Houston is a large ethnically diverse city, rich in culture as well as natural beauty like the bald eagle, armadillos, and Texas bluebonnets.
Houston is one of the most ethnic diverse cities in the nation. With a population of close to 2.1 million people, it is also the fourth largest city in the country. The residents self-report that 50 percent are white, 43 percent are Hispanic or Latino, 23 percent are black or African-American, 15 percent are of some other race, 6 percent are Asian, and 3 percent are of two or more races. 28.4 percent of the population is made up of people born in other countries. 46.9 percent of residents are bilingual.
The male and female population is roughly equal. Nine percent of Houston citizens are seniors age 65 and older as of 2010. This number is expected to grow as the older Baby Boomers reach age 75.
Houston’s temperatures are typically warm with 99.6 days per year staying in the 90s and rarely seeing 100 degrees. According to Houston’s travel site, the city experiences only 18 days per year with temperatures less than 32 degrees. The city seldom has snowfall with only 14 occurrences since the year 1939.
You will probably see more rainfall during the summer months with about 5 inches each month of precipitation. Houston does see major flooding, especially during these summer months that may last four to five days. The city has experienced 26 major flood events since the 1970s. The Office of Emergency Management and the National Weather Service suggest motorists turn around instead of trying to continue through flood waters. It is nearly impossible to judge the depth of water on a roadway during a flood. Never drive through flood waters, instead get to safety and call 9-1-1 to report the flash flood area.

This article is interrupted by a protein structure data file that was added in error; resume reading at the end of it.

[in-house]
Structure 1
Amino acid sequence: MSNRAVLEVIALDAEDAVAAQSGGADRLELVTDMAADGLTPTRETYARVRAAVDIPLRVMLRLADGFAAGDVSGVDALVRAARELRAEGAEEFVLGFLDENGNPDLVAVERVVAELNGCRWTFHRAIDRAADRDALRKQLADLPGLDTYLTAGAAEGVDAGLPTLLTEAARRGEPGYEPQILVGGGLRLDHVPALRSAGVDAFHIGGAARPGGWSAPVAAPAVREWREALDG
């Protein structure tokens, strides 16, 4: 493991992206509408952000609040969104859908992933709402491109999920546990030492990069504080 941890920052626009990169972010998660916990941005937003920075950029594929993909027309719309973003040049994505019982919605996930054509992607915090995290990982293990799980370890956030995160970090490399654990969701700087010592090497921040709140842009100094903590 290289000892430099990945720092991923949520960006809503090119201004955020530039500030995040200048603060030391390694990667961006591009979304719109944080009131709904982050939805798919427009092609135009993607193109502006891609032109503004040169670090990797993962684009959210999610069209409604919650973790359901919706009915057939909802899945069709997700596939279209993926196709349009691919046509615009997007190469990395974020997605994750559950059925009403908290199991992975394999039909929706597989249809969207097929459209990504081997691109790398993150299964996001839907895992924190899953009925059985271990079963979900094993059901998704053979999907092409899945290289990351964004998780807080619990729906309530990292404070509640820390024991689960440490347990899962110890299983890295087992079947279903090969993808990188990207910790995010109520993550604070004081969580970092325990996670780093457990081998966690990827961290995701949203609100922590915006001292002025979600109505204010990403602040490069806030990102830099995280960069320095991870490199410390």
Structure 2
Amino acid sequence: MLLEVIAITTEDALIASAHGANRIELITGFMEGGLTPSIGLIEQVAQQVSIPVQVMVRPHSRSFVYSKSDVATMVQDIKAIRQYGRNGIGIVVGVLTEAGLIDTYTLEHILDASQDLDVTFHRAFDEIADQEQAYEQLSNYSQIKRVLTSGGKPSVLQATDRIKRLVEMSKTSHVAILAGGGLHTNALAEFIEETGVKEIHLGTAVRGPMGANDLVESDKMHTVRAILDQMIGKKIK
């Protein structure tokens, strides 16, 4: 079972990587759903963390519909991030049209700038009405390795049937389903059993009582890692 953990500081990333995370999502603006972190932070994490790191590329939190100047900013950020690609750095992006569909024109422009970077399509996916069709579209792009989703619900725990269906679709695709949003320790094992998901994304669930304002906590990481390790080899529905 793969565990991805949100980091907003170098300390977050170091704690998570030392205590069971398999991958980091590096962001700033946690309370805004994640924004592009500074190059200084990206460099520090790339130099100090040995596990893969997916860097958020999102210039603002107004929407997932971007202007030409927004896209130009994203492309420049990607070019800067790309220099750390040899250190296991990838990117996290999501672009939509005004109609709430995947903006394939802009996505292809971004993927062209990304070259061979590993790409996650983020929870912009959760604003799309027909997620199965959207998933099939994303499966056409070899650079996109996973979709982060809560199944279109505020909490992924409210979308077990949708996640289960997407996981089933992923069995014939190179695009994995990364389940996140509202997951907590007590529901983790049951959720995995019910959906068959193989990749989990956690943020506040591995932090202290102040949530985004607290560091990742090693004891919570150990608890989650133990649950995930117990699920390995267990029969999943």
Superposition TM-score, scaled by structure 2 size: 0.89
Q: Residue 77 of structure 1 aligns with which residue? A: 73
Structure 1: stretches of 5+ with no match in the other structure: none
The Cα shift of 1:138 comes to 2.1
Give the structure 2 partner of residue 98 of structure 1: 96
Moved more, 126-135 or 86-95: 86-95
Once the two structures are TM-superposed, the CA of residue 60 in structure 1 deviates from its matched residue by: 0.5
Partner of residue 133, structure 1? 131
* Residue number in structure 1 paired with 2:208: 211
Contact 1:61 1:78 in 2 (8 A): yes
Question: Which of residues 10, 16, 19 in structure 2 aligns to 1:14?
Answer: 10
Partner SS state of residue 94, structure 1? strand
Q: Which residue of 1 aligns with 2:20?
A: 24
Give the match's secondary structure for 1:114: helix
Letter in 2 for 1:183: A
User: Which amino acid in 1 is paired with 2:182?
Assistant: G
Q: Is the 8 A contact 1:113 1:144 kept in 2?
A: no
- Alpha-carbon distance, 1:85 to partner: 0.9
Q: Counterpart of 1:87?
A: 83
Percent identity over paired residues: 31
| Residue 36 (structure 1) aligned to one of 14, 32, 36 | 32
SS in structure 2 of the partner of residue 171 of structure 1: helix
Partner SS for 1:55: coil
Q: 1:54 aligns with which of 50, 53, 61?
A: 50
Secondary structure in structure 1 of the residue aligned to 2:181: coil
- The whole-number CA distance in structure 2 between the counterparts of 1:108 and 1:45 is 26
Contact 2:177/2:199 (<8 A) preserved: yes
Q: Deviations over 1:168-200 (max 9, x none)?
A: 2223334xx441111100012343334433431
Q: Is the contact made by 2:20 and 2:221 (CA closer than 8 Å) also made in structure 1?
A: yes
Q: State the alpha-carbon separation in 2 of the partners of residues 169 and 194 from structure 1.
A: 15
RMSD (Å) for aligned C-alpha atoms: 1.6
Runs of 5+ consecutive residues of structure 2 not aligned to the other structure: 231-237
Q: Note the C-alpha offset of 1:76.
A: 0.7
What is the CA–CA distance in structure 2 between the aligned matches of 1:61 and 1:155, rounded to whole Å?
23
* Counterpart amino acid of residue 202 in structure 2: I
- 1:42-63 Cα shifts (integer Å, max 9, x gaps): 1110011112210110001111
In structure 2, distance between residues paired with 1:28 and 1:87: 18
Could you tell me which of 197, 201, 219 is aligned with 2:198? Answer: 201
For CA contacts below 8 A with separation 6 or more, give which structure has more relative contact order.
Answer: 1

Keeping flood insurance is highly recommended if you plan to live in Houston as Homeowners insurance and Renters insurance will not cover flood damage.
Houston is more than just warm weather and a diverse population. You can find bald eagles, ocelots, river otters, Houston toads, Texas horned lizards, armadillos, and the wood stork living throughout the city and Harris County.
Not only will you find mammals and birds in Houston, but the city is home to camellias, orchid trees, and 170 species of flowers. These flower species include the five species of Texas bluebonnets, as well as baby blue-eyes, downy paintbrush, skeleton weed, gayfeather, Indian blanket, snow-on-the-prairie, beaked corn salad, antelope horns, and black-eyed Susans.
If you enjoy studying the flora and fauna of Houston, the Outdoor Nature Club may be of interest to you. The club was established in 1923 and supported several campaigns throughout its history to save endangered species and open preservations. It was the first of its kind as a conservation and environmental club and still operates today. The club meets the first Monday during the months of August through May, with the exception of September when they meet the second Monday of the month. The meeting is held at the Bayland Community Center at 6400 Bissonnet in Houston.
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